Folk & Traditional Music of the Western Continents

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STUDYING THE STRUCTURE OF FOLK MUSIC 21
example 2-4. Shoshone Indian Peyote song, from David P. McAllester, Fey ate Music (New York: Viking Fund Publications in Anthropology no. 13, 1949), song no. 73. Reprinted by permission from David P. Mc­Allester and Wenner-Genn Foundation for Anthropological Research.
Melody and scale
We come now to the aspect of music that has been of greatest interest to the serious students of music in folk and nonliterate cul­tures—melody; and this aspect is probably the most difficult to study or describe. A simple approach employs consideration of the melodic contour. We need to know whether the melody of a piece generally rises, falls, remains at the same level, proceeds in a curve, or moves in large leaps, and so on. Listening to the over-all movement of the tune is thus important. We are also interested in the ambit, or range, of a tune—that is, the distance, in pitch, between the highest and lowest tones. This can be found with little difficulty by listening. Finally, we come to consideration of the scale.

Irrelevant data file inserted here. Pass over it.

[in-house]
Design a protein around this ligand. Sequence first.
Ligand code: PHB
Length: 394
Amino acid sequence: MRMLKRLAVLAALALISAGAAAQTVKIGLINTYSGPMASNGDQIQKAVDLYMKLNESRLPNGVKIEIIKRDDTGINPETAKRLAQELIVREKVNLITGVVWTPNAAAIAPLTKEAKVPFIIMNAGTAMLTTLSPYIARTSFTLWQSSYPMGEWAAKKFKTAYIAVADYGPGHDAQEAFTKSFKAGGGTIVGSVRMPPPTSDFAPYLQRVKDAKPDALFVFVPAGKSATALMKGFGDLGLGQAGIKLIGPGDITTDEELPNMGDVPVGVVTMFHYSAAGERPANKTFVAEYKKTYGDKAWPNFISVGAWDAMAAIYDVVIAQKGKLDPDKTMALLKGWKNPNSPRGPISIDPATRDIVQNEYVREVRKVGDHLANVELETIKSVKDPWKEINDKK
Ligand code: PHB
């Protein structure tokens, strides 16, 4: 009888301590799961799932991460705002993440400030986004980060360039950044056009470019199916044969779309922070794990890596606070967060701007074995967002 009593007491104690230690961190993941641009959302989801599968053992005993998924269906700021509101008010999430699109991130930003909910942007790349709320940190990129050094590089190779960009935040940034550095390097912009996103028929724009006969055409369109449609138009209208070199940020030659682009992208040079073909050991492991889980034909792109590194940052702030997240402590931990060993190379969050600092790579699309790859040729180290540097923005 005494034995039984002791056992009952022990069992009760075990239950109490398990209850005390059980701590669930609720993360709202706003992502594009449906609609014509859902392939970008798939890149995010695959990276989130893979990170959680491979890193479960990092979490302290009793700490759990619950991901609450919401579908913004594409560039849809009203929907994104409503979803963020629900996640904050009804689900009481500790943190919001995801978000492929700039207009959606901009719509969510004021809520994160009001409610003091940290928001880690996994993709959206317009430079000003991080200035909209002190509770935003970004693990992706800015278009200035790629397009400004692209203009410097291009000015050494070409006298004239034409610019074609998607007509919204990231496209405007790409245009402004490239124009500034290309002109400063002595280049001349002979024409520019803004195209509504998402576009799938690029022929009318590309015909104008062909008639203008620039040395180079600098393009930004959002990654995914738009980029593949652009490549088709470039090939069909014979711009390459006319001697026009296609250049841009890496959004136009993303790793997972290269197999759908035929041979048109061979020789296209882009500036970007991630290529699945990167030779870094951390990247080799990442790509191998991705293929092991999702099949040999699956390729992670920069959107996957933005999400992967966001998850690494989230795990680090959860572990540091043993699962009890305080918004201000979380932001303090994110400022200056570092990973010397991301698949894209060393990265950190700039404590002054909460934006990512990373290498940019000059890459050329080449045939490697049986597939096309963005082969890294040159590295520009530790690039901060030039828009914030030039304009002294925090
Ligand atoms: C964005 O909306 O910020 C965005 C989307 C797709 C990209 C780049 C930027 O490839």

E-Book - An Annotated Compendium of Old Time American Songs by James Alverson III